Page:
Page 5293 - Week 14 - Wednesday, 29 November 2017

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exemptions and religious protections. We who have a very sharp focus on the importance of the separation of church and state and the rights of all citizens in a secular liberal democracy need to be vigilant in the coming weeks and months, because it is clear from the public statements of a small section of the Australian parliament that there will be attempts to wind back hard-won anti-discrimination laws in this country. That is a matter of concern and something we need to pay close attention to in the coming weeks and months.

I look forward to the support of members in this place for respect for this democratically constituted Assembly. I hope that all members who stand for election and who are elected to this place respect that fundamental principle. It seems pretty straightforward in the context of anyone wanting to run for this place that you would indeed respect that.

Mrs Jones: I do not think there is any evidence to the contrary.

MR BARR: People are free to put other views, Mrs Jones. I am not suggesting that that is not the case. What I am saying is that we should respect this place as the democratic institution for this territory. We are not always going to have outcomes in this place that we agree with as individual members but—

Mrs Jones: I do not think anyone disagrees.

MR BARR: Well, you were interjecting on me making that point. Today it is important to acknowledge the issues that Mr Steel has raised, because they are highly relevant to the debates that will occur in the federal parliament next week and certainly in early 2018 relating to the deliberations of and possible recommendations emerging from the committee that former federal Attorney-General Philip Ruddock is chairing for the Prime Minister. I commend Mr Steel’s motion to the Assembly.

MS LE COUTEUR (Murrumbidgee) (5.40): I thank Mr Steel for bringing this important issue to the Assembly. The motion is very timely. It comes as one house of the Australian parliament has just passed the marriage equality bill, and hopefully the other will early next week. It comes at a time when the Australian parliament is considering important questions about discrimination in our country. The Australian public has just voted on the voluntary survey on marriage equality and expressed its strong support for legislation to legalise same-sex marriage.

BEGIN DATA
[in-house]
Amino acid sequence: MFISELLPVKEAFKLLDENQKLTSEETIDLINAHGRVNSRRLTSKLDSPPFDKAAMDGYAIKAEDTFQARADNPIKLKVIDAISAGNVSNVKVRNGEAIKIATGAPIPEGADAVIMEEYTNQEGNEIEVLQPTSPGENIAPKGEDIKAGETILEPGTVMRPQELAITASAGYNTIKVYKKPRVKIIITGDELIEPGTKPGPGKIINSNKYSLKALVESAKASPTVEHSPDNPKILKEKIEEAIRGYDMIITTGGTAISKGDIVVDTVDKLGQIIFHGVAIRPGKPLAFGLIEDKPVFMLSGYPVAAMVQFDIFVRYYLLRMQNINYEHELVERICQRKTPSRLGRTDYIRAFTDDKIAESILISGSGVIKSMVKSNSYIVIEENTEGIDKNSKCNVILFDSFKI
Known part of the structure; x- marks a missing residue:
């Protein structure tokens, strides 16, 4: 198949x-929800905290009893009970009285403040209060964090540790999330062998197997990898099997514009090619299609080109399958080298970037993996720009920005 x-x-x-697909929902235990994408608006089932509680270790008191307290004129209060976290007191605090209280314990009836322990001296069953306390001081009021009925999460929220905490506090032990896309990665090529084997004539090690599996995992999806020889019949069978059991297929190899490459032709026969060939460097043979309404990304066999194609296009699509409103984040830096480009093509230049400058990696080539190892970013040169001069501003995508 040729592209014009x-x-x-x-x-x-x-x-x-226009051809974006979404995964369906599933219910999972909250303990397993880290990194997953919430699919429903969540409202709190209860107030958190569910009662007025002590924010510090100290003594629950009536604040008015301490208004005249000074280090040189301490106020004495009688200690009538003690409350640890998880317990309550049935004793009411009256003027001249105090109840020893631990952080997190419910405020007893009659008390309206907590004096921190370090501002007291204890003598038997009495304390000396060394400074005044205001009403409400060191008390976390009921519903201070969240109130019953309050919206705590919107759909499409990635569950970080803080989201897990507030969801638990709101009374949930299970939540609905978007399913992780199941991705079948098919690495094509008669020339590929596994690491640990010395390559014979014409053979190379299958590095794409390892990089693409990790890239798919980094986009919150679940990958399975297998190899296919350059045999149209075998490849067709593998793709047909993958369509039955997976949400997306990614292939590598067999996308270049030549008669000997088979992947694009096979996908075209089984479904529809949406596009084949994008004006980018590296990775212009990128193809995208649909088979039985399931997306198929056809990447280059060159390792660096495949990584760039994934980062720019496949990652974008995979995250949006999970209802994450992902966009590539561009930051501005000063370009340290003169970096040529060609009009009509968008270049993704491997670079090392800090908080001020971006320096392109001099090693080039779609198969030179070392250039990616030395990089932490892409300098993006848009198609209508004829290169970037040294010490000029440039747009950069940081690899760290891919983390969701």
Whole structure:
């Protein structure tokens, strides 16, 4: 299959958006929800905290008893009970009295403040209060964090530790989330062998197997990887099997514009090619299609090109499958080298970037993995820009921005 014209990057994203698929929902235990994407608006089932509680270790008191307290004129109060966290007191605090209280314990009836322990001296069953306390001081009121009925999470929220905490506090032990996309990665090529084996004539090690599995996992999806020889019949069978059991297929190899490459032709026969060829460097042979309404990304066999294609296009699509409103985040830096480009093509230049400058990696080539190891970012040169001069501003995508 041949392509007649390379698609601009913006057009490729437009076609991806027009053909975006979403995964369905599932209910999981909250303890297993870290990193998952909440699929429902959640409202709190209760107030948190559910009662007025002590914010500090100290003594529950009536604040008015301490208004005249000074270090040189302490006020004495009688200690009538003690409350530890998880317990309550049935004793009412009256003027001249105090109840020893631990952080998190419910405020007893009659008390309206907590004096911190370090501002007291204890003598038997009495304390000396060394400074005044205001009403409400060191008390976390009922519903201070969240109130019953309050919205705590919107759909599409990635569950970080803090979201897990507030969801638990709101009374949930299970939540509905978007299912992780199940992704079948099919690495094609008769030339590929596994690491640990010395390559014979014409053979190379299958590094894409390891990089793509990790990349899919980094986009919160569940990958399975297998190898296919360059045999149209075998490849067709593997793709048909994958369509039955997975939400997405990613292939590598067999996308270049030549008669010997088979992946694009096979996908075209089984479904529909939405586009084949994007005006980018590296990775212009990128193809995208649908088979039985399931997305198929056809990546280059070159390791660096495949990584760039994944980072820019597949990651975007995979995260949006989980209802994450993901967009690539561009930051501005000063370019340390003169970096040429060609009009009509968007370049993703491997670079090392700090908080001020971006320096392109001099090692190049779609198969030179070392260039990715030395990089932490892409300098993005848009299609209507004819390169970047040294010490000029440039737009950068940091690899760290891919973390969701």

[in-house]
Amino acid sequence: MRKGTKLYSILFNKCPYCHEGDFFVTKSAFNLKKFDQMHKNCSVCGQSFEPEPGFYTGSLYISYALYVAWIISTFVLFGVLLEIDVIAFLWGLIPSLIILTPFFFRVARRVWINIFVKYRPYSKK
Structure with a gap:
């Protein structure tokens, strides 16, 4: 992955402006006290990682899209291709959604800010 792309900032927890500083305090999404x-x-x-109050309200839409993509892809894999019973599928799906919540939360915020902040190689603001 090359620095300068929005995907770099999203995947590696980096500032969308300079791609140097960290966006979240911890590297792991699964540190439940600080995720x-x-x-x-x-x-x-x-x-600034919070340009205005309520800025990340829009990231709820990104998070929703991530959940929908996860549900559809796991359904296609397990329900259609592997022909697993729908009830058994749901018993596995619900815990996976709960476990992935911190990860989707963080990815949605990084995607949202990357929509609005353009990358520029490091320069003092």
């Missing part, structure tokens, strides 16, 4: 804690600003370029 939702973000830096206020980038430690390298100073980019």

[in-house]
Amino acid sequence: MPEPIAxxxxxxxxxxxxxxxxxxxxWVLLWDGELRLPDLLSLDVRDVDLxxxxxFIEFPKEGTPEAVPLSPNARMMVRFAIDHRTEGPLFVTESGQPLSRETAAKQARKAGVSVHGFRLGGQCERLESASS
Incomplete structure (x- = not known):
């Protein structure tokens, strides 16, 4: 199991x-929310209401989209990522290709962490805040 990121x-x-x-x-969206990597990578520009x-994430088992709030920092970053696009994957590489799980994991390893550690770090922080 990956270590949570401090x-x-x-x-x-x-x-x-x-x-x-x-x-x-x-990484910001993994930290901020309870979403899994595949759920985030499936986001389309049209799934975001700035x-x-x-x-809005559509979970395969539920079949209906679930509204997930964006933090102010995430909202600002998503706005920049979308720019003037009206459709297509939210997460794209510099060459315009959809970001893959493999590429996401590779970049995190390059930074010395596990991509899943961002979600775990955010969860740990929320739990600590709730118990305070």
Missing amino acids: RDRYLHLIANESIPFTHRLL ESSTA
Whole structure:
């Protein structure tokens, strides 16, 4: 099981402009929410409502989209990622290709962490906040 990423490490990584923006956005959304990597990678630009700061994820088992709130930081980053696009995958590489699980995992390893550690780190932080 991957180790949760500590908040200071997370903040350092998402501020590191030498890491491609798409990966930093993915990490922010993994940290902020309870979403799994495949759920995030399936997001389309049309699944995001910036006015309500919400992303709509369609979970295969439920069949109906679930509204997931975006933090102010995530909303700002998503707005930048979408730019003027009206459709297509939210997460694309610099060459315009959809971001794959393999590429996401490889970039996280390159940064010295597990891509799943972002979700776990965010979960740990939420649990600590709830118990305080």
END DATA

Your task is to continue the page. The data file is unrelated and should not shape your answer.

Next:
Australians endorsed the removal of a fundamental area of discrimination that persists in our country: the prohibition that prevents same-sex couples from marrying. This prohibition denies same-sex couples the rights enjoyed by different-sex couples. It denies them the chance to express their love through marriage. It discriminates by denying basic equality. The public has overwhelmingly and triumphantly called for this discriminatory law to be overturned. The ACT had the highest yes vote in the country. This is a fantastic result.

Unfortunately, perhaps inevitably, this was not enough to deter certain opponents of marriage equality. A variety of conservative coalition members have been pushing for the same-sex marriage legislation to continue to permit discrimination against

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